I was then taken off anti-depressants and put on an anti-psychotic medication and had what’s termed a “paradoxical effect”: this medication triggered mania. I always thought that mania was supposed to be something ‘up’ and exciting. It isn’t. It’s full of very grumpy irritability and short temper. Hypo-mania gets me feeling agitated while full-blown mania, for me, is filled with scary delusions.
I was weaned off the meds and had two further anti-psychotic drugs introduced. These made me lucid again and no longer as angry and agitated. But they had a side-effect I had never heard of before: the dreaded “Akathisia”. You know the expression “ants in your pants”? This sums it up in a very understated way. With akathisia you can’t stay still, you can’t complete a thought let alone a sentence. You feel the need to keep moving but also a sense of fatigue as you are physically exhausted but mentally hyper. I didn’t sleep for more than 2-hours a night for a couple of months. And this was all a side-effect of my meds.
I was given an antidote to deal with this and help me sleep. It didn’t work. I was given a further two medications to deal with this awful side-effect. One of them had the “paradoxical” side effect of making me hyper again.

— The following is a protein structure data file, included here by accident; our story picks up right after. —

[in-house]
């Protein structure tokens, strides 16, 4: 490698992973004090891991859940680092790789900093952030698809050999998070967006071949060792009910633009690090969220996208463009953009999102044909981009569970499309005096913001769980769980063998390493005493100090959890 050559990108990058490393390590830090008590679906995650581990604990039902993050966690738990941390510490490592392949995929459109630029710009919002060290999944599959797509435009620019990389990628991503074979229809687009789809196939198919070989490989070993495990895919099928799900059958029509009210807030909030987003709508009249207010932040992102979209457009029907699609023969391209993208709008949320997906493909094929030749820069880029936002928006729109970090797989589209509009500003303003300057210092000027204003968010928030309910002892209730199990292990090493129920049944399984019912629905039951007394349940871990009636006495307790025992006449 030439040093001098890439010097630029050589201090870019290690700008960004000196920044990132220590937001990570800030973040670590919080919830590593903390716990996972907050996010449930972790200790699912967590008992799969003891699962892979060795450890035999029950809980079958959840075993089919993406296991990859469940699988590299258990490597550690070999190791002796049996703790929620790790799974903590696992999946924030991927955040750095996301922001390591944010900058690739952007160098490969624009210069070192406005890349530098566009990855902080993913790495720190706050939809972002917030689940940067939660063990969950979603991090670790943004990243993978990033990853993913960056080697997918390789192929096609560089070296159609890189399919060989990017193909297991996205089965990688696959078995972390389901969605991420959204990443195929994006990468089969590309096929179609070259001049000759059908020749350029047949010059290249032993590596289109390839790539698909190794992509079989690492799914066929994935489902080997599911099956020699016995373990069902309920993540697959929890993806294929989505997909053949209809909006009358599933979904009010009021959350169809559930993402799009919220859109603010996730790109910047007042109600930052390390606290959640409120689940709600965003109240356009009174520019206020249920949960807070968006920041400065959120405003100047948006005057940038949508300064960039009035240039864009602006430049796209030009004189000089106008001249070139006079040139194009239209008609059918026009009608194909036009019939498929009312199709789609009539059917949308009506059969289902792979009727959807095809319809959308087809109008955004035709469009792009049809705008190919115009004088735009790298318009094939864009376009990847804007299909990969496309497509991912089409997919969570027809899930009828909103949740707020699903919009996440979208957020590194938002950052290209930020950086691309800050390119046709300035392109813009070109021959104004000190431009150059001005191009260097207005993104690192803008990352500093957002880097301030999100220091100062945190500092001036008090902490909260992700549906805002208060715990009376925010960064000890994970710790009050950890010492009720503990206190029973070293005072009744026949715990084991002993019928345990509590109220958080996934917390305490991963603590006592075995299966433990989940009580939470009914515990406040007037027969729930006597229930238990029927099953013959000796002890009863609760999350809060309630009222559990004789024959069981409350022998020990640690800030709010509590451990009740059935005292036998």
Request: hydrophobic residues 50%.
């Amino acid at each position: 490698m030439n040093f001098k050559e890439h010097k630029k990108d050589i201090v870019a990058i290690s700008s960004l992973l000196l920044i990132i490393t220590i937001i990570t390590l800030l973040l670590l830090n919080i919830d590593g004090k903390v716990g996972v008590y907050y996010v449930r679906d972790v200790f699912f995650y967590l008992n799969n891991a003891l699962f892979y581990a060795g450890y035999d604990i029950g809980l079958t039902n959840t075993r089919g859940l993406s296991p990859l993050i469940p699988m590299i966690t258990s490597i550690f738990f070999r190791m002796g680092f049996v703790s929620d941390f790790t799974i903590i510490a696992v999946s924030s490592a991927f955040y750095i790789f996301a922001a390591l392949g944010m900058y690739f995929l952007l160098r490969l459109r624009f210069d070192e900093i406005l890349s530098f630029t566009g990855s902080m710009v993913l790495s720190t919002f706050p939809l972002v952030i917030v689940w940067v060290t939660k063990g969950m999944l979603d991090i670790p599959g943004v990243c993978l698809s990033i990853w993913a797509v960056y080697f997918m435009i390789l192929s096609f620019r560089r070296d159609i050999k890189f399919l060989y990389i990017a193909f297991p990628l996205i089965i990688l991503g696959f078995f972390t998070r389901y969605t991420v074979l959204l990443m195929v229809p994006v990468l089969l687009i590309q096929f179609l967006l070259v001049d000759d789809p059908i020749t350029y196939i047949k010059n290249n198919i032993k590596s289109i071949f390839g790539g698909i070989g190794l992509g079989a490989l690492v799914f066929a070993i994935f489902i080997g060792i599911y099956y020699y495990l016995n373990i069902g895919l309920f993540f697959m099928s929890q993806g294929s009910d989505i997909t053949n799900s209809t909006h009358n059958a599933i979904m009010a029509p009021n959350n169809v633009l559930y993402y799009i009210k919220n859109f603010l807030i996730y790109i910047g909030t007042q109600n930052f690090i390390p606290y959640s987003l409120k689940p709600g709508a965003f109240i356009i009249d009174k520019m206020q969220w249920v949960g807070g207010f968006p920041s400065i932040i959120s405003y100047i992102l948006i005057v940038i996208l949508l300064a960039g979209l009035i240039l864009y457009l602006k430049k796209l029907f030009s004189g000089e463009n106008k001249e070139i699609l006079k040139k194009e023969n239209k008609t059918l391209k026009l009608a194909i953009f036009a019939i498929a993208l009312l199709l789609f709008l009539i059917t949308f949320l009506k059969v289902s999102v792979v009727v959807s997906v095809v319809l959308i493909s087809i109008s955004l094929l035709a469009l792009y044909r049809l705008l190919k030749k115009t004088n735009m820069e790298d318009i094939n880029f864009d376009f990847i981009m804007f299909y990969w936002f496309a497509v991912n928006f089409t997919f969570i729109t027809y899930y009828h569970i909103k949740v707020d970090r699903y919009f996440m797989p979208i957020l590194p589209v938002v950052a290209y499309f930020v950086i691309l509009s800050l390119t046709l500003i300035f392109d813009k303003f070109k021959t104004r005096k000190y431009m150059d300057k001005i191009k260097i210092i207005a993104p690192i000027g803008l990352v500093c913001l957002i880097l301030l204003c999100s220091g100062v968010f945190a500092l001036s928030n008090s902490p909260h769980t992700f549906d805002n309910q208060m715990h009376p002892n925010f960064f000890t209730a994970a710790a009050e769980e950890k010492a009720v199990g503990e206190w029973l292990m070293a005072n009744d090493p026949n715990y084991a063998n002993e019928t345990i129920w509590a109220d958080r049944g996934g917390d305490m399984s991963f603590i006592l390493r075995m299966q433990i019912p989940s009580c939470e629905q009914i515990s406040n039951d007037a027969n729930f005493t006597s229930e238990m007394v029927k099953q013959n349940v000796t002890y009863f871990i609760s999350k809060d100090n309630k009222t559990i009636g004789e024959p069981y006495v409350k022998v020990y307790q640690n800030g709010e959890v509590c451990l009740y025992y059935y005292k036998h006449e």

As I write, I am trying different doses of medications. I am getting better but, as my autism kicks in, it is sometimes difficult to see the big picture as I focus on the detail of the moment.
When I’m having a “good” couple of hours (by that I mean ‘mid-line’, neither depressed nor hypomanic) I believe I am ALWAYS like this and I attempt to do too much. When I’m angry I cannot see any way out and I have the autistic repetitive thoughts.
I am fortunate to have a wonderful psychiatrist who understands the dueling manifestation of a dual diagnosis. He tells me that my emotional regulation “is like a dysfunctional valve which cannot not stop the turbulence within in the fumed engine”. I may be autistic but I always like a good metaphor!
I am grateful to have this opportunity to write and share my story and my journey into healing my mind, a day at a time. I’m of the first generation of micro-preemies to make it to adulthood and I look forward to sharing my continued story with you.
#Autism #neurodivergence #Disability #Prematurity #BipolarDisorder #NeurodevelopmentalDisorders